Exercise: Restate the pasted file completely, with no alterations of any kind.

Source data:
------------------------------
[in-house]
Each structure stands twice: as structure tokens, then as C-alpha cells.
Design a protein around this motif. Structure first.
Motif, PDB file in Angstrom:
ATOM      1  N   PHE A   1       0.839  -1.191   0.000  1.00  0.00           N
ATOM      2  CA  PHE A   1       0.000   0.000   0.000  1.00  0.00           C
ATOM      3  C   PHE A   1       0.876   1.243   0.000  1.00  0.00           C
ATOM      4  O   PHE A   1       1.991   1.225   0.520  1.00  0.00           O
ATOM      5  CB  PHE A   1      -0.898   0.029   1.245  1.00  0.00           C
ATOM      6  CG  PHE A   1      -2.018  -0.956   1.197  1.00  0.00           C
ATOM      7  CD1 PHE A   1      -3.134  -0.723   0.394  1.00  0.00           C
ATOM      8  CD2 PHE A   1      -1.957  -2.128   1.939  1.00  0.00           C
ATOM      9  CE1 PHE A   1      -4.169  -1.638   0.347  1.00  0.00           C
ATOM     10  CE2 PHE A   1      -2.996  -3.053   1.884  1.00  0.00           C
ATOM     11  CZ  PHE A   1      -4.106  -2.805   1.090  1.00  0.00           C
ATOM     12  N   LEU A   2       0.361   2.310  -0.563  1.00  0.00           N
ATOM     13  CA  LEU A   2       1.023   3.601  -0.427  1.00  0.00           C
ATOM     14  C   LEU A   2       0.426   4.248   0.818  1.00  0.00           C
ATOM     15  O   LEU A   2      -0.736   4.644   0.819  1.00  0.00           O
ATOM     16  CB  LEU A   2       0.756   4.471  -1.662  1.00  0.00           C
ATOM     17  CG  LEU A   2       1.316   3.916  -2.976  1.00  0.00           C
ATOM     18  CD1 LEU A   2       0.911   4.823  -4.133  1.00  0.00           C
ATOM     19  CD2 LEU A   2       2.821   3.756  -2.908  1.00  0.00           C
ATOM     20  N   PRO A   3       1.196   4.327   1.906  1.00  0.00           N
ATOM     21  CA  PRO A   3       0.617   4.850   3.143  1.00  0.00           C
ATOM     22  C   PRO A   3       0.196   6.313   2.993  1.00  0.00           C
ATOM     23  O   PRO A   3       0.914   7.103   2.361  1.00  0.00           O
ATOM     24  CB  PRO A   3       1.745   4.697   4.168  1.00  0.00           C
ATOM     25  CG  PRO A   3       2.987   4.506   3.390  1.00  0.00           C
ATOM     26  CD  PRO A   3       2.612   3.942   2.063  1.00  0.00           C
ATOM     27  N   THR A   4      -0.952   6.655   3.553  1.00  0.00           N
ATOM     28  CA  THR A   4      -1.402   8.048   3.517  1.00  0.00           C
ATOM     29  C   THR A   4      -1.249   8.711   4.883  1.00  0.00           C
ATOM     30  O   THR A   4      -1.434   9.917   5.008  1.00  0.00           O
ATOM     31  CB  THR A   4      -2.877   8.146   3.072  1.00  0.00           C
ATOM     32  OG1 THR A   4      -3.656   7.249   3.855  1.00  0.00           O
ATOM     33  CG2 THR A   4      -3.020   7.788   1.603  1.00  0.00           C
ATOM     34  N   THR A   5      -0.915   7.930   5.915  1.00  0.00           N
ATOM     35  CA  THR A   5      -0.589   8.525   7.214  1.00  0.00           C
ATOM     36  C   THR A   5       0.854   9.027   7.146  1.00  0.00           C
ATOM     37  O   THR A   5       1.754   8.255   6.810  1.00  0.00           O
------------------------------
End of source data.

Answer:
[in-house]
Each structure stands twice: as structure tokens, then as C-alpha cells.
Design a protein around this motif. Structure first.
Motif, PDB file in Angstrom:
ATOM      1  N   PHE A   1       0.839  -1.191   0.000  1.00  0.00           N
ATOM      2  CA  PHE A   1       0.000   0.000   0.000  1.00  0.00           C
ATOM      3  C   PHE A   1       0.876   1.243   0.000  1.00  0.00           C
ATOM      4  O   PHE A   1       1.991   1.225   0.520  1.00  0.00           O
ATOM      5  CB  PHE A   1      -0.898   0.029   1.245  1.00  0.00           C
ATOM      6  CG  PHE A   1      -2.018  -0.956   1.197  1.00  0.00           C
ATOM      7  CD1 PHE A   1      -3.134  -0.723   0.394  1.00  0.00           C
ATOM      8  CD2 PHE A   1      -1.957  -2.128   1.939  1.00  0.00           C
ATOM      9  CE1 PHE A   1      -4.169  -1.638   0.347  1.00  0.00           C
ATOM     10  CE2 PHE A   1      -2.996  -3.053   1.884  1.00  0.00           C
ATOM     11  CZ  PHE A   1      -4.106  -2.805   1.090  1.00  0.00           C
ATOM     12  N   LEU A   2       0.361   2.310  -0.563  1.00  0.00           N
ATOM     13  CA  LEU A   2       1.023   3.601  -0.427  1.00  0.00           C
ATOM     14  C   LEU A   2       0.426   4.248   0.818  1.00  0.00           C
ATOM     15  O   LEU A   2      -0.736   4.644   0.819  1.00  0.00           O
ATOM     16  CB  LEU A   2       0.756   4.471  -1.662  1.00  0.00           C
ATOM     17  CG  LEU A   2       1.316   3.916  -2.976  1.00  0.00           C
ATOM     18  CD1 LEU A   2       0.911   4.823  -4.133  1.00  0.00           C
ATOM     19  CD2 LEU A   2       2.821   3.756  -2.908  1.00  0.00           C
ATOM     20  N   PRO A   3       1.196   4.327   1.906  1.00  0.00           N
ATOM     21  CA  PRO A   3       0.617   4.850   3.143  1.00  0.00           C
ATOM     22  C   PRO A   3       0.196   6.313   2.993  1.00  0.00           C
ATOM     23  O   PRO A   3       0.914   7.103   2.361  1.00  0.00           O
ATOM     24  CB  PRO A   3       1.745   4.697   4.168  1.00  0.00           C
ATOM     25  CG  PRO A   3       2.987   4.506   3.390  1.00  0.00           C
ATOM     26  CD  PRO A   3       2.612   3.942   2.063  1.00  0.00           C
ATOM     27  N   THR A   4      -0.952   6.655   3.553  1.00  0.00           N
ATOM     28  CA  THR A   4      -1.402   8.048   3.517  1.00  0.00           C
ATOM     29  C   THR A   4      -1.249   8.711   4.883  1.00  0.00           C
ATOM     30  O   THR A   4      -1.434   9.917   5.008  1.00  0.00           O
ATOM     31  CB  THR A   4      -2.877   8.146   3.072  1.00  0.00           C
ATOM     32  OG1 THR A   4      -3.656   7.249   3.855  1.00  0.00           O
ATOM     33  CG2 THR A   4      -3.020   7.788   1.603  1.00  0.00           C
ATOM     34  N   THR A   5      -0.915   7.930   5.915  1.00  0.00           N
ATOM     35  CA  THR A   5      -0.589   8.525   7.214  1.00  0.00           C
ATOM     36  C   THR A   5       0.854   9.027   7.146  1.00  0.00           C
ATOM     37  O   THR A   5       1.754   8.255   6.810  1.00  0.00           O